Kendall powers ideas for Ada firm's charging technology

August 31, 2009
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The ingenuity and fresh thinking of college students is crucial as Fulton Innovation approaches manufacturers about incorporating its wireless electricity technology into new and existing products, said Dave Baarman.

Baarman is director of advanced technologies for Fulton Innovation, which is part of Alticor Inc.'s Access Business Group. From that vantage point, he has worked with colleges — including Grand Valley State University, Kendall College of Art & Design of Ferris State University, Michigan Technological University and University of Michigan — to tap into fresh perspectives, from engineering to materials science to design to marketing, that sometimes elude long-term professionals.

"We're trying to reach out even further and maybe at a larger magnitude, both in project size and in university outreach," Baarman said. "We've had over 27 different universities from around the world approach us just on wireless power since CES (Consumer Electronics Show) of 2009. We have a lot of requests; it's just a matter of having the resources and the projects lined up to be able to work with these different universities."

Fulton Innovation's product, eCoupled, uses inductive coupling and digital technology to charge electronic devices automatically, without wires and cords. Fulton Innovation first used it for water purification systems sold by Access Business Group.

Now the company is looking for ways to use its proprietary technology by licensing it to all sorts of industries. It has teamed with other companies, including Motorola, Leggett & Platt, Energizer, Bosch, Texas Instruments, Universal Electronics and Herman Miller, and was a co-founder of the Wireless Power Consortium, which is reviewing worldwide standards for wireless power.

The applications could run from cell phones and digital music players to medical devices, power tools and kitchen appliances, according to the company's Web site. June's Neocon in Chicago, the premier event for the office furntiure industry, saw the introduction of desks, tables and chairs integrated with Fulton Innovation's eCoupled technology.

Fulton Innovation benefits from working with college students delving into more ideas for applications of wireless, automatic electrical charging, Baarman said. Each idea from each student serves to inform the entire process, even if that particular idea doesn't cross over into a real-life product.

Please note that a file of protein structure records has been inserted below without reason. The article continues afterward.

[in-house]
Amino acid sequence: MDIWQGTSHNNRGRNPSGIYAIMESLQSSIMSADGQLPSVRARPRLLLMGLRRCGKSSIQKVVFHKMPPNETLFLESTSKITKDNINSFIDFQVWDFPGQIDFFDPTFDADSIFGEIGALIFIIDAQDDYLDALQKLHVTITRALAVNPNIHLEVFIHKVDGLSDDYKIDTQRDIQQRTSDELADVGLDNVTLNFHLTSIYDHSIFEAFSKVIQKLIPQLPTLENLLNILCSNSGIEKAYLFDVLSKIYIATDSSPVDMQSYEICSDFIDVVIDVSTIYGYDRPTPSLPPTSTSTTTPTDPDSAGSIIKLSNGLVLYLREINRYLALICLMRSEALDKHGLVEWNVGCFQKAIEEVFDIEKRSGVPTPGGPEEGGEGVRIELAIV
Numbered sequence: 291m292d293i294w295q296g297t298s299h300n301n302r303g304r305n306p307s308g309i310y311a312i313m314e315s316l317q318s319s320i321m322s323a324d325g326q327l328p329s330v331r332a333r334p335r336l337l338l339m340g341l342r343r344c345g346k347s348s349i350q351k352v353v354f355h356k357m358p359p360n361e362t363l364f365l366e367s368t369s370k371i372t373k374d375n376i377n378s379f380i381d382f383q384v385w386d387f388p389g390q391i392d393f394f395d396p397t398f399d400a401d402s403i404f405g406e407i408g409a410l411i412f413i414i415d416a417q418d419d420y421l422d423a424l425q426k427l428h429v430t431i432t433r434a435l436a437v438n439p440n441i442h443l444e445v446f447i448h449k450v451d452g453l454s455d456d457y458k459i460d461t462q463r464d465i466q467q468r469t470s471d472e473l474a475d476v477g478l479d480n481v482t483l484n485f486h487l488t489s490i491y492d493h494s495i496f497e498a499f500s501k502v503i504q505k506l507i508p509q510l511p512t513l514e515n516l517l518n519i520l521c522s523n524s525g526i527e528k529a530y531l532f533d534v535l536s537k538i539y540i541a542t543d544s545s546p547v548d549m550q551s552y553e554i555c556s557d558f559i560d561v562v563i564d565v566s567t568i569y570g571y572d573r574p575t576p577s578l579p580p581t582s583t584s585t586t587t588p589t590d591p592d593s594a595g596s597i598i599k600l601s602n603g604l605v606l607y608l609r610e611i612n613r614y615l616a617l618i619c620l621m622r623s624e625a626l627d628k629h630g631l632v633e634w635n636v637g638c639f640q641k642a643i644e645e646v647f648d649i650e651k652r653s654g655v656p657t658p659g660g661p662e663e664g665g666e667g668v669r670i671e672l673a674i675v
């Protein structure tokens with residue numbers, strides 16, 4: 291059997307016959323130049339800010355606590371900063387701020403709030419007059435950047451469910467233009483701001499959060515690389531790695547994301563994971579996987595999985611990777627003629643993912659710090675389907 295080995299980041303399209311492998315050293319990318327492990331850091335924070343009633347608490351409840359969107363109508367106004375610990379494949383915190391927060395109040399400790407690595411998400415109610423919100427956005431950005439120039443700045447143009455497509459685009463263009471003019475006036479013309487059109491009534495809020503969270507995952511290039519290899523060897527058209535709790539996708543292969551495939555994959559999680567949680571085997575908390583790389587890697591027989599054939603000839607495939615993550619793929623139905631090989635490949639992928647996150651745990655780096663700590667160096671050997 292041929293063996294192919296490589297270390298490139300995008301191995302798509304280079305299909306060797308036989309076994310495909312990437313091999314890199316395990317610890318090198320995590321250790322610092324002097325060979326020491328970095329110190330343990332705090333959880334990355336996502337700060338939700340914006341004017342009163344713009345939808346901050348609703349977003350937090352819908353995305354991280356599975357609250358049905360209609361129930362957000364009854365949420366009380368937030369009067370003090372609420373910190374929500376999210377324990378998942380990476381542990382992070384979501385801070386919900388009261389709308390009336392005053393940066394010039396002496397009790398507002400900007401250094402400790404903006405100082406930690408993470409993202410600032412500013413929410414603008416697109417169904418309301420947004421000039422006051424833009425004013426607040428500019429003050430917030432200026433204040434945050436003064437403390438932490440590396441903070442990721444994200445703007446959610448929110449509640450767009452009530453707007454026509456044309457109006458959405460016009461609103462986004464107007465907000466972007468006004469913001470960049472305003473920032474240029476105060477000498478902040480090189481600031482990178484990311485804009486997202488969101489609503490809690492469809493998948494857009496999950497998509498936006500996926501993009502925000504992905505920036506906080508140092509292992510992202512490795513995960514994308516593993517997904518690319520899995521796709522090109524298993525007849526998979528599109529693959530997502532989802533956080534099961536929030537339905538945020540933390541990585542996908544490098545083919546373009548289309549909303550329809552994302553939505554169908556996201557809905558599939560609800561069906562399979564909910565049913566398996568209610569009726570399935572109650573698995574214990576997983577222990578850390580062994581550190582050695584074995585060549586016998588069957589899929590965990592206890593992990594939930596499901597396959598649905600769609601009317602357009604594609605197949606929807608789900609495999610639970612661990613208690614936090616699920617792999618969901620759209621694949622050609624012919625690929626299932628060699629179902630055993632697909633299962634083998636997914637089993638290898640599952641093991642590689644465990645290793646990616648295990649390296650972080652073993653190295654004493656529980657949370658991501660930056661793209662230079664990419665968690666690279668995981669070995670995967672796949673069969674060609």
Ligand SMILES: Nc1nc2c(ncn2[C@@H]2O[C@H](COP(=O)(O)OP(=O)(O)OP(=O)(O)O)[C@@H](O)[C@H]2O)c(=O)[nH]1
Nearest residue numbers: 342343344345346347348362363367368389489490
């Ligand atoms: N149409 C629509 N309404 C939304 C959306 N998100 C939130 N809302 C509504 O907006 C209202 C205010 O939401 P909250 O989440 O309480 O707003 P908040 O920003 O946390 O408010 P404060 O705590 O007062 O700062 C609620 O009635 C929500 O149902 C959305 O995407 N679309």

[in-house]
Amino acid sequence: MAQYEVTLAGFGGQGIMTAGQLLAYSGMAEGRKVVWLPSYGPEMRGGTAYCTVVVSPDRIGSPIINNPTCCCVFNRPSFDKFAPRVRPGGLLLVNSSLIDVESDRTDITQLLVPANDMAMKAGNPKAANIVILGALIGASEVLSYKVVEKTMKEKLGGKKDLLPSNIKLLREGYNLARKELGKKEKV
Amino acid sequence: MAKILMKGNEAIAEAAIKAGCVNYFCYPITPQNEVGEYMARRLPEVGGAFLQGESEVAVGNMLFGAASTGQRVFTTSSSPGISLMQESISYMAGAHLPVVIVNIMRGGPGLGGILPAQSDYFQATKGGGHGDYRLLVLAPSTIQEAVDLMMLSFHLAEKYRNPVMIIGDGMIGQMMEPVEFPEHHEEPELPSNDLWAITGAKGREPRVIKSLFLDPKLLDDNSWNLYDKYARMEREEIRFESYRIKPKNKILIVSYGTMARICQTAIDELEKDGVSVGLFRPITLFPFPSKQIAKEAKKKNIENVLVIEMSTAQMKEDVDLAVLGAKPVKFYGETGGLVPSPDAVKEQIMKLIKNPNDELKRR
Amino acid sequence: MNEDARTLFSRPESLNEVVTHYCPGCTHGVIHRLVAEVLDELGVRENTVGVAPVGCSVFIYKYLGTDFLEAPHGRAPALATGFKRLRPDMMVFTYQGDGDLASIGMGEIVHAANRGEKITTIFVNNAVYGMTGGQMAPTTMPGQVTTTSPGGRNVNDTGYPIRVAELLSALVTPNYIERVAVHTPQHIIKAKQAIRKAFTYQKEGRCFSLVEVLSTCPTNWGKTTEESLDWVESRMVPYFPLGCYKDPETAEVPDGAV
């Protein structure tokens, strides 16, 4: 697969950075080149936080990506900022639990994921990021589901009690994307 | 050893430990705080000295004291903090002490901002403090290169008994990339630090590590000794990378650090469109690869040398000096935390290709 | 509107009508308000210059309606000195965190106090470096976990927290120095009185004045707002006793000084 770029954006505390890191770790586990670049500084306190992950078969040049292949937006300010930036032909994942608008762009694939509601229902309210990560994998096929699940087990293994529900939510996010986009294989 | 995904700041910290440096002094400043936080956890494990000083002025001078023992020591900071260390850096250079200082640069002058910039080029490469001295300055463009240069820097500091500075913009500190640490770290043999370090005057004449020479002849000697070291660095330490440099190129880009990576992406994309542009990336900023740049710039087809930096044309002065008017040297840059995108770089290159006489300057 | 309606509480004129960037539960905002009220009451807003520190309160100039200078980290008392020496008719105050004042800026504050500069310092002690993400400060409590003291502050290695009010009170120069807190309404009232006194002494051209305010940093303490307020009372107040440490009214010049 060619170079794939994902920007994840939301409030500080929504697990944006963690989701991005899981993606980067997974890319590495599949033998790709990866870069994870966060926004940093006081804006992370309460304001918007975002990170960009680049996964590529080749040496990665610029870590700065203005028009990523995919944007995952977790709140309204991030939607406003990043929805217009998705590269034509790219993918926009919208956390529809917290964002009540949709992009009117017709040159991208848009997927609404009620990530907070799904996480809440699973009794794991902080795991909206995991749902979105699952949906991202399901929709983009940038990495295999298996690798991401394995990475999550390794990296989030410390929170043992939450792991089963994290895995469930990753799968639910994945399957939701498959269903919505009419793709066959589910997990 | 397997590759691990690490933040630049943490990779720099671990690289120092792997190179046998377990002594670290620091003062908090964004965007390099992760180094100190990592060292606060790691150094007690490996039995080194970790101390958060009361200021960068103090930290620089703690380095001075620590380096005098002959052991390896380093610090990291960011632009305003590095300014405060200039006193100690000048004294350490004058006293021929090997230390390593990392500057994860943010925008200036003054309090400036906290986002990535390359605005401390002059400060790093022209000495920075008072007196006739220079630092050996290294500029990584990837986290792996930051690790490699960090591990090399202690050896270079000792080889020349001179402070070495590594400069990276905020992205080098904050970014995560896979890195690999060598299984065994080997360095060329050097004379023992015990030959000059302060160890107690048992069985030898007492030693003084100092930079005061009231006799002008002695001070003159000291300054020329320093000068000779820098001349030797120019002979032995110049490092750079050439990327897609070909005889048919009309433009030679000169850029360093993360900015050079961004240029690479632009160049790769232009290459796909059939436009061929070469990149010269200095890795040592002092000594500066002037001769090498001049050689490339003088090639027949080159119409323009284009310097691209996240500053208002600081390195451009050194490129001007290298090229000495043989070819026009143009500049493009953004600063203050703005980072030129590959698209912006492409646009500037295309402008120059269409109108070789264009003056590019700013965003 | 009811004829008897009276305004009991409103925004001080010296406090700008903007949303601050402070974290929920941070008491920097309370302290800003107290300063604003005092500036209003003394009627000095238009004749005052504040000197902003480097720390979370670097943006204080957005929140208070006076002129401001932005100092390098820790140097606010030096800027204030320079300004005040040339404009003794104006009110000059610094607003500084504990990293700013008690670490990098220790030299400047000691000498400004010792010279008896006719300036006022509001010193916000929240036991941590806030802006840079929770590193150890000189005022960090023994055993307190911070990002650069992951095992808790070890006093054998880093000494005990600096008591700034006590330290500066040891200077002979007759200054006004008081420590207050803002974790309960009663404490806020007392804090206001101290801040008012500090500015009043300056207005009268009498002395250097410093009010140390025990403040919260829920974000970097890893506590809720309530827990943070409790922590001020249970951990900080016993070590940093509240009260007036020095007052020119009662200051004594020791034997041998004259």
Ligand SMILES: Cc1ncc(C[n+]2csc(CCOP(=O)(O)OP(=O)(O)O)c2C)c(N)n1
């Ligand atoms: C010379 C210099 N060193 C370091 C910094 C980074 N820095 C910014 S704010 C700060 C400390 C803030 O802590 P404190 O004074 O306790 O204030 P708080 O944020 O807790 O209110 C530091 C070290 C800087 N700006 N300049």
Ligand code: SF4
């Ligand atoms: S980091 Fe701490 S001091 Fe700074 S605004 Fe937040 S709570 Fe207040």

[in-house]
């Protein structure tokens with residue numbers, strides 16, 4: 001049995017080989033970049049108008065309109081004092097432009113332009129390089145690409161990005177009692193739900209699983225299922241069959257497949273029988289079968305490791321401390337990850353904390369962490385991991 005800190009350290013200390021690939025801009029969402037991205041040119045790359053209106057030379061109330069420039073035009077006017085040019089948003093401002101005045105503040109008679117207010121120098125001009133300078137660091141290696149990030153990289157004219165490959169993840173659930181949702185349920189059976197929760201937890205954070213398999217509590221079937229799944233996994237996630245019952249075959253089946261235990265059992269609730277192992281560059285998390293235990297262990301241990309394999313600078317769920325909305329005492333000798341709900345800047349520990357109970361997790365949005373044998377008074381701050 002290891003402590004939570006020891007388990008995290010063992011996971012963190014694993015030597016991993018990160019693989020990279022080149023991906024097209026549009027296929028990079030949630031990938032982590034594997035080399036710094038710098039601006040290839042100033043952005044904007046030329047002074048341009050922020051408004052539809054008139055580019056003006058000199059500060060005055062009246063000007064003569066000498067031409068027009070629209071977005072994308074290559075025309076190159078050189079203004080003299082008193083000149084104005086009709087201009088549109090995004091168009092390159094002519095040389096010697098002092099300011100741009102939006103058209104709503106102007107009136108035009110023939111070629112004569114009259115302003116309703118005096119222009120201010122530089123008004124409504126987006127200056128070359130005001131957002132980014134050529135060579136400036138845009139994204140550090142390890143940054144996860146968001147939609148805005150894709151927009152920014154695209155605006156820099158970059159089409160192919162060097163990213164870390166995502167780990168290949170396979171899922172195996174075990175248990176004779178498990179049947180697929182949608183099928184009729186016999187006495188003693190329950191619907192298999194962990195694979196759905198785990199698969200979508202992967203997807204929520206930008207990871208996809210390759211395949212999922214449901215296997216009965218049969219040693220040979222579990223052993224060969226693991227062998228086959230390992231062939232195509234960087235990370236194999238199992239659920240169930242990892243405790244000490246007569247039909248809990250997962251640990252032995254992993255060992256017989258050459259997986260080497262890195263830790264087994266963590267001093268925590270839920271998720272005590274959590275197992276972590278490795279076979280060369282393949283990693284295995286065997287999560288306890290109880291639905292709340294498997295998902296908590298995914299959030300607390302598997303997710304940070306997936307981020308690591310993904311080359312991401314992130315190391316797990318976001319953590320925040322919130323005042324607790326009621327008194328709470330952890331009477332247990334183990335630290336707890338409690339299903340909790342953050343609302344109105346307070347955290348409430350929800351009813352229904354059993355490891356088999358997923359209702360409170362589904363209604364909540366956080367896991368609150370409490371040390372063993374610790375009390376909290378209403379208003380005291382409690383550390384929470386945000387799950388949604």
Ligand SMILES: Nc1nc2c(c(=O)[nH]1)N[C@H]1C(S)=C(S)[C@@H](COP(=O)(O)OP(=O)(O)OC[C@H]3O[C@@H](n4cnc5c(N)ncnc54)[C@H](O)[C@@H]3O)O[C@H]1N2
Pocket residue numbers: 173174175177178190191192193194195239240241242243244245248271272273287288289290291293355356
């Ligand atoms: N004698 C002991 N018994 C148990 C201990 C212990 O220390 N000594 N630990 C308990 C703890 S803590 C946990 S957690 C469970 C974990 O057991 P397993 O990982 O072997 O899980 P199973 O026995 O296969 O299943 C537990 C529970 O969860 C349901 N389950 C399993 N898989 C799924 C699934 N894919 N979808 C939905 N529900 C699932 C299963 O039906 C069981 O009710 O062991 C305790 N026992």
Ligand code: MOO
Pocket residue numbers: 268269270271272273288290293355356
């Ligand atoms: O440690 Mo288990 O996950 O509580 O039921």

"It's a whole different time in life that these student are looking at these technologies from," Baarman said. "It's a whole different perspective of technology and technology usage that the students have, versus what professionals would have, in the way that they would view how this technology might be used. It really comes down to perspective and insight from a student's point of view."

Important to working with academia is a professor who sees eCouple's game-changing potential and the possibilities for student input, he said. Then the Fulton Innovation team develops project parameters for the group of students, and presents basic information about the technology. The company tries to identify projects that could add a positive line on their resumes, he said.

"They get to play with it — the basics behind it, the limitations, the freedoms. We seed the prospects of how this might be used in their minds," Baarman said.

Kendall College professor Tom Edwards chairs the industrial design department, which offers four courses in which students work with companies on real-world projects. Over the years, they've worked with Steelcase Inc., Herman Miller, Haworth, Whirlpool Corp., Bissell Co. and Tiara Yachts. During this year's winter term, about 12 students worked with Fulton Innovation on product design concepts, he said.

"We assigned students to go into any environment they wanted to and try to identify applications where this technology could be applied," Edwards said. "(They) started to develop some concepts around how this technology could make a difference in a user's day-to-day life."

Their ideas ranged from aquarium devices to a flashlight integrated into a vehicle's interior lighting system. "There were some very simple things and some very complex concepts," Edwards said. Photos are posted at eCouple Wireless Power on Facebook.

"One of the nice things about this regular sort of project collaboration we do (is) the students get to work very real projects and have credible work in their portfolios at the end of the semester," Edwards added. "They also work with some of the people that develop products professionally in the area. In some cases, there is a reward, like a name on a patent, and in other cases there are competitions."

Kendall has three industrial design professors who teach a dozen different classes, Edwards added.

"Design as a profession is growing," he said. "More and more, companies are realizing design is a way to differentiate their product in the marketplace. Even business schools are teaching design. It's a very growing and hot profession, once the economy turns around."

Meanwhile, Fulton Innovation is preparing to work with even more students as word of eCoupled technology spreads.

"From our perspective, we're looking for more relationships like this," Baarman said. "Obviously, we've got our hands busy in a lot of things, but we're always looking to reach out to the community and reach out to these young students. By no means have we tapped the capabilities yet, and we look to continue to moving that forward."

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